By Veronica I. Arreola
Viva la Feminista
Brenda Hernandez is a law school diversity professional. She is also a feminist activist and blogger at boricuafeminist.com.
I am Latina. I am a feminist. I am a first generation college graduate. I am a first generation law graduate. I am a young professional. It is because of these identities that I feel a responsibility to my community, to all the communities in which I can be a mentor.
I have always sought out opportunities whether formally or informally to be a mentor. Mentoring isn’t just helping people achieve their school or work goals, but also helping them discover who they want to be.
Mentorship is important because it gives people the opportunity to hope, to see themselves or who they want to be, as possible. When I lived in NY, I became a mentor to a Latina senior in high school through a mentorship program. Did we have everything in common? No.
But for her to see a person who grew up with a similar socio-economic background, be able to successfully complete college was very important. Could she have developed a successful mentor relationship with someone completely different? Sure.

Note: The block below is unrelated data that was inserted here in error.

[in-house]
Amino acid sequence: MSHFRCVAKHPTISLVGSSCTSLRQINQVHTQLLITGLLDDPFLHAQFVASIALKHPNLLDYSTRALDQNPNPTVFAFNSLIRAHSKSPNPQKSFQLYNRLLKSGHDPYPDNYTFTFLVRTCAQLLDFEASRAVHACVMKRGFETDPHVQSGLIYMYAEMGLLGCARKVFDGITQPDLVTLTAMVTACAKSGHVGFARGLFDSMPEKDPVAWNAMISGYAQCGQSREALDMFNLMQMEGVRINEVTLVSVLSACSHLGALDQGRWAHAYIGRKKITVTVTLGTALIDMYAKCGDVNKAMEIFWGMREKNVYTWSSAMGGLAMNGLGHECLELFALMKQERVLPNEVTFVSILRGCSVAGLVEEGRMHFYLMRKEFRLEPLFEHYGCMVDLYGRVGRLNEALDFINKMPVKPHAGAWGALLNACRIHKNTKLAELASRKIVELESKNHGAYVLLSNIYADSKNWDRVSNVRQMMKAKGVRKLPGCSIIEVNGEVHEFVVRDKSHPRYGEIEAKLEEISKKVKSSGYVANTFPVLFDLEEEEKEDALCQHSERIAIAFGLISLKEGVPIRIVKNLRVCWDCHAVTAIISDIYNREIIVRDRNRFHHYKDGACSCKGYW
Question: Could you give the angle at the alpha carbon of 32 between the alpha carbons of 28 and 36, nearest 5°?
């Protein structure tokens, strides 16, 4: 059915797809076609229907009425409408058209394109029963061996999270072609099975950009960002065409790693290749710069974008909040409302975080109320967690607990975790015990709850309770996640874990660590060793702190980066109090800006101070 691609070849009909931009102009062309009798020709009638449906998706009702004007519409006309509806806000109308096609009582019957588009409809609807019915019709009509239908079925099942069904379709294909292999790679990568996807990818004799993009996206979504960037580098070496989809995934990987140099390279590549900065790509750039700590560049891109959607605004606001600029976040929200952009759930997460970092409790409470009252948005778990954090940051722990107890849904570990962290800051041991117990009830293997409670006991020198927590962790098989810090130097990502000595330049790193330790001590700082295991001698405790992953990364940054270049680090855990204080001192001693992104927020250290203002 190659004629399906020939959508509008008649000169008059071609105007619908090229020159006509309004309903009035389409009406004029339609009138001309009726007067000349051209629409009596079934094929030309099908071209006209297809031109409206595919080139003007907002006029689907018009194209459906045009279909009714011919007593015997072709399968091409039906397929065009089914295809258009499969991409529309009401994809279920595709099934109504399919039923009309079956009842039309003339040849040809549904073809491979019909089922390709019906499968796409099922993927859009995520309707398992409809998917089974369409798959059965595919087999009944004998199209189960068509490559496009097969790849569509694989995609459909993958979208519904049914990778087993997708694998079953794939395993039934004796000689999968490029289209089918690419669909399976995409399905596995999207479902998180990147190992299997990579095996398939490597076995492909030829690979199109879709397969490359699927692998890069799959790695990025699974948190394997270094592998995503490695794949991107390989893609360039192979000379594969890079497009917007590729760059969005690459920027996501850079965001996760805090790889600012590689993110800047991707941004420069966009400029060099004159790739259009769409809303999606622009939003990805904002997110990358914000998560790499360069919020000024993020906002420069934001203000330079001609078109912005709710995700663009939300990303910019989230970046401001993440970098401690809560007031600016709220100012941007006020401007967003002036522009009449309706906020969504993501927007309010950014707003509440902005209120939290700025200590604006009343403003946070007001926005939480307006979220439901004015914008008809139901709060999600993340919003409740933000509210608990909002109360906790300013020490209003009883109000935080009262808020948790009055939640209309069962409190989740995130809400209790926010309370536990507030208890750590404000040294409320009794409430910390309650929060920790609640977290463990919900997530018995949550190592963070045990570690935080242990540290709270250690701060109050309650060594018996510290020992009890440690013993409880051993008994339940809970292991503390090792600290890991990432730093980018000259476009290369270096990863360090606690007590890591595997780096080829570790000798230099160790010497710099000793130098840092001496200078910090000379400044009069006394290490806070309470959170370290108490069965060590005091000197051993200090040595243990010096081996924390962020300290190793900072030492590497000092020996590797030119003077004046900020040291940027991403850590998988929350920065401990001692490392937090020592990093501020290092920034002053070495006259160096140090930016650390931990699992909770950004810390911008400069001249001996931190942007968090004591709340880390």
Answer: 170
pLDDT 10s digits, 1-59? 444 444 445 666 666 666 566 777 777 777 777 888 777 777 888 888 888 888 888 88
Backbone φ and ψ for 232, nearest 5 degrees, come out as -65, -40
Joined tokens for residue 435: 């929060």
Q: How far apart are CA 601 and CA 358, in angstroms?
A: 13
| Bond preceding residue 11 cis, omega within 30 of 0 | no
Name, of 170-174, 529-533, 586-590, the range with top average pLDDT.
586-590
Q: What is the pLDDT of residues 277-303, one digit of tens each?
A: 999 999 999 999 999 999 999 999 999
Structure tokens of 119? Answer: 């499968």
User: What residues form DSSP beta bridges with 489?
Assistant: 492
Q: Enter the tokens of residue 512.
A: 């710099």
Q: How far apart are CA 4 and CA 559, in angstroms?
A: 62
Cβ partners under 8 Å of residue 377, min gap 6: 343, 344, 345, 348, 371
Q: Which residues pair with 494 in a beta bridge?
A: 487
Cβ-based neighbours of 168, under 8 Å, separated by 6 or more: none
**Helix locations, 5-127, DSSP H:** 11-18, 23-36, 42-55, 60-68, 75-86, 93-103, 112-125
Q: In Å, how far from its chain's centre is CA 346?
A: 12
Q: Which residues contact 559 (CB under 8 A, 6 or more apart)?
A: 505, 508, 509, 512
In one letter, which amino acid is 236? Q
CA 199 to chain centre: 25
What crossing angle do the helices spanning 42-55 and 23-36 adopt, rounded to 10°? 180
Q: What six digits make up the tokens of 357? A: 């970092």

However, I think understanding the pressure she felt from her community to succeed not only brought us closer but made her listen to what I had to say.
As I look around my own profession as a higher ed administrator, I do not see many people that look like me or have a similar background. My former boss at my previous job was a white woman however she had worked her way up in twenty years from a receptionist to Dean.
Her knowledge in the field and also her experience as a young ambitious woman made her an amazing mentor. I learned so much from her, not only about my job but how to be a professional.
Despite the lack of people of color, I do see many powerful women. I have found mentors in them and their advice has been invaluable. But knowing what it feels like to be the only [fill in the blank] keeps me motivated to reach out to those looking for direction and support.
I am never one identity at a time. Each identity factors into how I see the world.
Being able to exist in an intersectional space allows me to support many different people. It lets me seek support from different spaces. Strengthening these networks through mentorship is a responsibility not because I fall into these labels but because I embrace them.
Summer of Feminista 2013 is a project of Viva la Feminista where Latinas are discussing mentoring and what it means to them. Read how you can join Summer of Feminista. Link and quote, but do not repost without written permission.